School. Paul Boekkooi writes in his review for the newspaper Beeld that it is not protest theatre or theatre trying to validate itself on the grounds of race. “This is relevant theatre looking at our society with new perspectives, theatre that has cast away the coloured lenses, theatre which sent the old with the old cows to the grave”. The evocative, mutlimedia production Dreamtime in the Iziko: South African Museum combined the talents of Sibongile Mngoma, Acty Tang, Berni Searle, guitarist Madala Kunene and the Sint George -singers in an combined art- and performance piece. And in the Centre for the Book in Queen Victoria Street an interesting project called Talking Heads invited the public to ‘buy” time of people and personalities the likes of Zackie Achmat, aids activist, playright Mike van Graan, writer Ronald Suresh Roberts and sangoma Rod Suskin. All the participants in turn were expected to talk to ticketholders about all the new developments in their respective fields, with the sound of a gong the ticketholder moved on to a different participant.

Image of Minette Vari in front of her video: Fulcrum, 2007. Single-channel video installation with stereo audio Duration: Video 2’30”; Audio 5’00”; Looped. Size: variable (in this instance 4m x 2.25m) Title: Monomotapa II Print Series) 2007. Pigment ink on archival cotton fibre paper. Size: 125cm x 75cm All images courtesy of the artist and the Goodman Gallery

The Subterraneans, 2008 Acrylic and oil on canvas by Sanell Aggenbach. Her show entitled: Sub Rosa opens 30 April to 31 May at Joao Ferreira Gallery, Cape Town

APRIL GALLERY LISTINGS Eastern Cape East London Ann Bryant Art Gallery Until 12 April - Vapour - Eloise Mogg 9 St Marks Road, Southernwood T. 043 7224044

Port Elizabeth

Nelson Mandela Metropolitan Art Museum Until 08 June - About-face Until 13 April - Images of Mandela Bay: Inner City 1 Park Drive T. 041 5861030

Free State


Oliewenhuis Art Museum 15 Apr - 11 May - Art for Humanity’s Women for Children print portfolio - Various artists and poets 16 Harry Smith Street T. 051 4479609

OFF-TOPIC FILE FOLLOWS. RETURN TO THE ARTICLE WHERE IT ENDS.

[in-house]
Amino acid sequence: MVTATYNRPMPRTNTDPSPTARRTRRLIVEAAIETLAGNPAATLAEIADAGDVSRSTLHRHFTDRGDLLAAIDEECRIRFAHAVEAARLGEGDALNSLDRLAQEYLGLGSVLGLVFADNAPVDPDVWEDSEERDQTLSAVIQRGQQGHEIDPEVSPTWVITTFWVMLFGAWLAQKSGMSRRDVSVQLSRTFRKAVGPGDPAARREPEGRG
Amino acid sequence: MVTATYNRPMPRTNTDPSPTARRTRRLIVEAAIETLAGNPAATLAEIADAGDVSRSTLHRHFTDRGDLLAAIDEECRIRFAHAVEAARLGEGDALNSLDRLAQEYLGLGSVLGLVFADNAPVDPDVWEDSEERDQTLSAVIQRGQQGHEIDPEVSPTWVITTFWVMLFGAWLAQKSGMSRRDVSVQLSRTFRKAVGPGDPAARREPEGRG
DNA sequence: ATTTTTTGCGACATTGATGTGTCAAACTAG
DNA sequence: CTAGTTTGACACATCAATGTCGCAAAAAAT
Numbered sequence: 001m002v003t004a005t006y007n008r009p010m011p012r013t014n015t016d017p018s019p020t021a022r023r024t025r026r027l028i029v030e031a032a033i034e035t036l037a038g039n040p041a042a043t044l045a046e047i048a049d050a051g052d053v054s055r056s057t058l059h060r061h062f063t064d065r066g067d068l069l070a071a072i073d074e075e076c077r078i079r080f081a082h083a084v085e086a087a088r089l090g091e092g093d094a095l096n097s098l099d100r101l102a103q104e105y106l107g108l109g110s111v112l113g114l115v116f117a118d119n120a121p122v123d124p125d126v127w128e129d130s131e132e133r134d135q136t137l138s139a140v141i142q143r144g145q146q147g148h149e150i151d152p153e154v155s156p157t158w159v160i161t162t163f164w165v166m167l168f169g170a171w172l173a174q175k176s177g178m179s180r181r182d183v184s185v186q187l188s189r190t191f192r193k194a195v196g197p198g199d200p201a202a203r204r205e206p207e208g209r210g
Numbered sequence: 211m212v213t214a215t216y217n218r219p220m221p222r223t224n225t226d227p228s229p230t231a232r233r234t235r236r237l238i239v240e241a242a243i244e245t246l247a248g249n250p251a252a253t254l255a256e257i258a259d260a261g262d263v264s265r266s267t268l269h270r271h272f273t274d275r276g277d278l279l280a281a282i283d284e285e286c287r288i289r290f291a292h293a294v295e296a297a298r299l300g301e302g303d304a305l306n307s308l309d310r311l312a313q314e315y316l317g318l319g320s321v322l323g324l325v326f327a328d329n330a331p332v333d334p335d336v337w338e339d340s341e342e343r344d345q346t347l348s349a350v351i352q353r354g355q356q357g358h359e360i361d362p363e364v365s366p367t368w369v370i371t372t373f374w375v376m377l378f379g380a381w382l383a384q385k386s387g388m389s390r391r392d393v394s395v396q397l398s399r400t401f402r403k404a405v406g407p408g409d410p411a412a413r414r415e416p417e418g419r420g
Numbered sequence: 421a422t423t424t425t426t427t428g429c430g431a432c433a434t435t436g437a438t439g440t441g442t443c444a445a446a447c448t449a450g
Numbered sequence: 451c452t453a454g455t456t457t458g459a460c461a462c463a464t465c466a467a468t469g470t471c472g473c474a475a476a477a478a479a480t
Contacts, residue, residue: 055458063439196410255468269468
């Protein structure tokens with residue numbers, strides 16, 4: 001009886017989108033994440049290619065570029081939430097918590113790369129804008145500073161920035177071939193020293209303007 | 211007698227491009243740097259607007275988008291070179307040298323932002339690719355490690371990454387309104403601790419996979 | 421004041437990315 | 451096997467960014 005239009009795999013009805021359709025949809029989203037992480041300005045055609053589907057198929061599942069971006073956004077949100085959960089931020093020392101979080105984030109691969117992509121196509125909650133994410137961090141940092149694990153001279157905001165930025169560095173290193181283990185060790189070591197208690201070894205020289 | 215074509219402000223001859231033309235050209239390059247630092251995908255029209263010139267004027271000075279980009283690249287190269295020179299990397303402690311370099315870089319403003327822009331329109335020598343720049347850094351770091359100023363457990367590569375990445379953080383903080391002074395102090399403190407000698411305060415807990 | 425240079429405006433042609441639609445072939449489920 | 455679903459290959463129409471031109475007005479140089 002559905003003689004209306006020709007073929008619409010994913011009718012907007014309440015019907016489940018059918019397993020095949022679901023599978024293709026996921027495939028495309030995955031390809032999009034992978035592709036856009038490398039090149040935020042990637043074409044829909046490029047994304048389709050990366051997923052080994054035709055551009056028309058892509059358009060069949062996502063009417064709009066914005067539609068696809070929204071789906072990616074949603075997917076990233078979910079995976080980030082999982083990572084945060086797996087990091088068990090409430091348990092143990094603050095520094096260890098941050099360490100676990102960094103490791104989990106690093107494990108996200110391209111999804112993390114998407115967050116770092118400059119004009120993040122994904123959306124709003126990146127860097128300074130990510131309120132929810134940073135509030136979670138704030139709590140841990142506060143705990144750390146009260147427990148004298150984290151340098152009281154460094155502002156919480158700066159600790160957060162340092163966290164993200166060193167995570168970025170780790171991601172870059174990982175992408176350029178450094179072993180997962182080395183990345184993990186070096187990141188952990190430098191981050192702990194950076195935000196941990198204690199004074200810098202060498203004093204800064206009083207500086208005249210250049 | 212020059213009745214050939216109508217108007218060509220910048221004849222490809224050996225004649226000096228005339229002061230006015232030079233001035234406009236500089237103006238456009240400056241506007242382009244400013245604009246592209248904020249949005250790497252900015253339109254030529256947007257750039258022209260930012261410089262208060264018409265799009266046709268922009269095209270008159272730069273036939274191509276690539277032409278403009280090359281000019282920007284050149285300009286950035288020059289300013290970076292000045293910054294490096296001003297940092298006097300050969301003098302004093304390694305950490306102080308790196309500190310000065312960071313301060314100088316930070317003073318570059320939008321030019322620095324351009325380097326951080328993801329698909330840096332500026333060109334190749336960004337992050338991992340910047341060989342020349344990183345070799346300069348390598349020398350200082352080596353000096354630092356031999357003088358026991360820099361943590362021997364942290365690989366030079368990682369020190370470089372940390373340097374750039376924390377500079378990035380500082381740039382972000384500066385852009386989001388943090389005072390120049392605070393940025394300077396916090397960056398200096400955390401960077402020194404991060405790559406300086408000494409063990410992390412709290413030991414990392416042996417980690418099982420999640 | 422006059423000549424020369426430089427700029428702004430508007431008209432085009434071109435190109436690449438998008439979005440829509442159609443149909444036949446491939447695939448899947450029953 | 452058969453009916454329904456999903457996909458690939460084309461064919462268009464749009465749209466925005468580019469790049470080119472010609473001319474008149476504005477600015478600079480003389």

Johannesburg Art Extra 09 Apr - 03 May - Sleep in my arms - Youssef Nabil 373 Jan Smuts Avenue, Craighall T. 011 3260034 Artspace Until 26 Apr – Of Symetries and Oxymorons - Fritha Langerman Chester Court, 142 Jan Smuts Avenue, Parkwood T. 011 880 8802 Everard Read Gallery Until 20 Apr – Ricky Burnett – Exhibition of work Until 11 May Voyage to the Interior continued Gary James and Alexander James 6 Jellicoe Avenue, Rosebank T. 011 7884805 Gallery Momo Until 26 Apr - Four Tales - Artists include: Gabrielle Goliath, Nomusa Makhubu, Mary Sibande, Gina van Zyl De Oliveira 08 - 31 May - Johannes Phokela - Exhibition of new works 52 7th Avenue, Parktown North T. 011 3273247 Gallery on the Square Until 9 Apr - A survey of South African painting and sculpture from 1960 - 2008 Shop 32, Nelson Mandela Square, Cnr 5th & Maude Streets, Sandton Central T. 011 7842847/8 Graham’s Fine Art Gallery 29 May - 29 Aug - The Modern Palimpsest: Envisioning South African Modernity - South African masters from 1853 onwards Broadacres Lifestyle Centre, Cnr. Valley & Cedar Roads, Broadacres, Fourways T. 011 4659192 Gordart Gallery Until 05 Apr - Homebaked Stories in Kitchen Language Andrew Lindsay 13 Apr – 03 May - Main Gallery

– Chrysalis - Fiona Couldridge Second Gallery - Africa Revisited - Frances Gerke and Pat Sithole Rainforest Project Room - Kai Lossgott 72 Third Avenue, Melville T. 011 726 8519 www.gordart. Johannesburg Art Gallery Until 13 Apr - Leora Farber Until 31 May - Spier Contemporary Cnr. Klein & King George Streets, Joubert Park, Johannesburg T. 011 725 3130 Moja Modern Until 19 Apr - Re-Defining Seasons - James Delaney 22 Apr - 29 Apr - Photography - Vern Bikes Allen 16 7th Ave Parktown North T. 011 4479000